Matter Chatter

Reality TV and Brand Image

Reality_TV_Collage1Recently, one of my clients was approached with an offer to have their operation become the subject of the producer’s self-proclaimed next reality TV masterpiece. The production company was looking to provide a peek inside the industry, and of course hoping for a cast of characters that could rocket to primetime fame. Frankly, we considered it for a bit before letting our cooler heads prevail. In the end, airing our laundry, whether dirty or starched and bleached to perfection, was never going to help position the brand the way we and our client envisioned.

So, for my client and our PR team, the recommendation was unanimous, but that discussion led me to think about how any organization would elect to jump on the reality show wagon. There is certainly the financial allure. I can see its attraction to the crabbers of The Deadliest Catch, after all when the show first started their industry was just recovering from a massive restructuring that left them with entirely uncertain futures….so heck yeah, cash in baby! Tour the country doing appearances and panel discussions with fans, go for the gold! For these guys the show income is all gravy, they are going to have to catch crab to make a living regardless, so why not!

But what motivates the business owners that appear on shows like Kitchen Nightmares, or Bar Rescue, or Undercover…whatever!? The restaurant business is especially puzzling; do you really want Chef Ramsey coming into your kitchen to find that festering mold pile in the bottom of the walk-in? Didn’t you watch the show before you signed up for this? That’s his thing! Call a cleaning crew in before he shows up!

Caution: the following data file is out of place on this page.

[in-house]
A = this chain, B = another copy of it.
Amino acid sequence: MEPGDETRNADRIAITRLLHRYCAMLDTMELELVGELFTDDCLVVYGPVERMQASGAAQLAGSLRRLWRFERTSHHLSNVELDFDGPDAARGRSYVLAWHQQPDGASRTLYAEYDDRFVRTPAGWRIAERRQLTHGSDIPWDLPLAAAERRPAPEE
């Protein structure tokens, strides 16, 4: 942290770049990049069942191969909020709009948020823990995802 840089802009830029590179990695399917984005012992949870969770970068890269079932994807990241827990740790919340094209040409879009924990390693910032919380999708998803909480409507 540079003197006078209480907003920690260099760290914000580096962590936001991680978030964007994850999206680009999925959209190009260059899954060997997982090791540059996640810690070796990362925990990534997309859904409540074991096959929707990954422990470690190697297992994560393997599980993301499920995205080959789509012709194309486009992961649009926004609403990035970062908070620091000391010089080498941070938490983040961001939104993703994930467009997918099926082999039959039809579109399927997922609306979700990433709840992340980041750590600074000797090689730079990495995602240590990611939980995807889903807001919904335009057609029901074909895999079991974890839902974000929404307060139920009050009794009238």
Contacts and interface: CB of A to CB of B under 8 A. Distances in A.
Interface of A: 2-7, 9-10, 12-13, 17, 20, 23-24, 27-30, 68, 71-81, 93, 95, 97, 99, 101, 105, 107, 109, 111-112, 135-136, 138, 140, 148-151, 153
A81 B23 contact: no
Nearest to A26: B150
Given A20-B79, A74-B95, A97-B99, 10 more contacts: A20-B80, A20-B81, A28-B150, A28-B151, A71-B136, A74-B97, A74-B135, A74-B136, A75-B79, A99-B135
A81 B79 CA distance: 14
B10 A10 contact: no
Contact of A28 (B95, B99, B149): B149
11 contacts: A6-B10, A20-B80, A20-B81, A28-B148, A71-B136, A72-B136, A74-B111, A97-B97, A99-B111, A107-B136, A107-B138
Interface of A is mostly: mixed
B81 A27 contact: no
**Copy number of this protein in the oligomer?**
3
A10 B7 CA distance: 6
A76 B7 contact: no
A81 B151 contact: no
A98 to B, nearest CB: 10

Sorry…back to my point.

The sliver of upside to a reality TV appearance might be a warranted gamble for a fishing crew that does not rely on public sentiment about their business, but for a PR-dependent outfit like a restaurant, there is rarely enough reward for that risk. (Can anyone argue that they ran out to make a reservation at SUR after watching Vaderpump Rules?!)

Ultimately, reality TV is a better guilty pleasure than profit booster. While I reserve the right to utterly reverse my position, I’d be willing to say that it’s off limits for any company that truly values its brand, what that brand stands for and the credibility of its personnel. If you don’t believe me, just read up about the king-of-all social media meltdowns from this Arizona restaurant owner.

  • Matt Mendolera-Schamann

    I think it definitely depends on WHICH reality show, and who your brand is. You make a good point, that reality TV exposes you – warts and all – and could actually bring to light more negative attention than good in the long run. But there are a lot of companies who are struggling due to tragic circumstances, or challenging economic conditions, or a major change in leadership, who go on reality TV shows and show that they’re just as ashamed about what they’ve become, but ultimately have a heart and soul and background that makes you root for them. Then, when the TV guru helps them get back to basics or realize what’s been holding them back, they return to glory and benefit greatly from the exposure and even notoriety that comes with all the attention. It’s certainly a gamble though – good thing they’ve got a smart team helping them weigh the pros and cons so they make a decision they feel good about. ;-)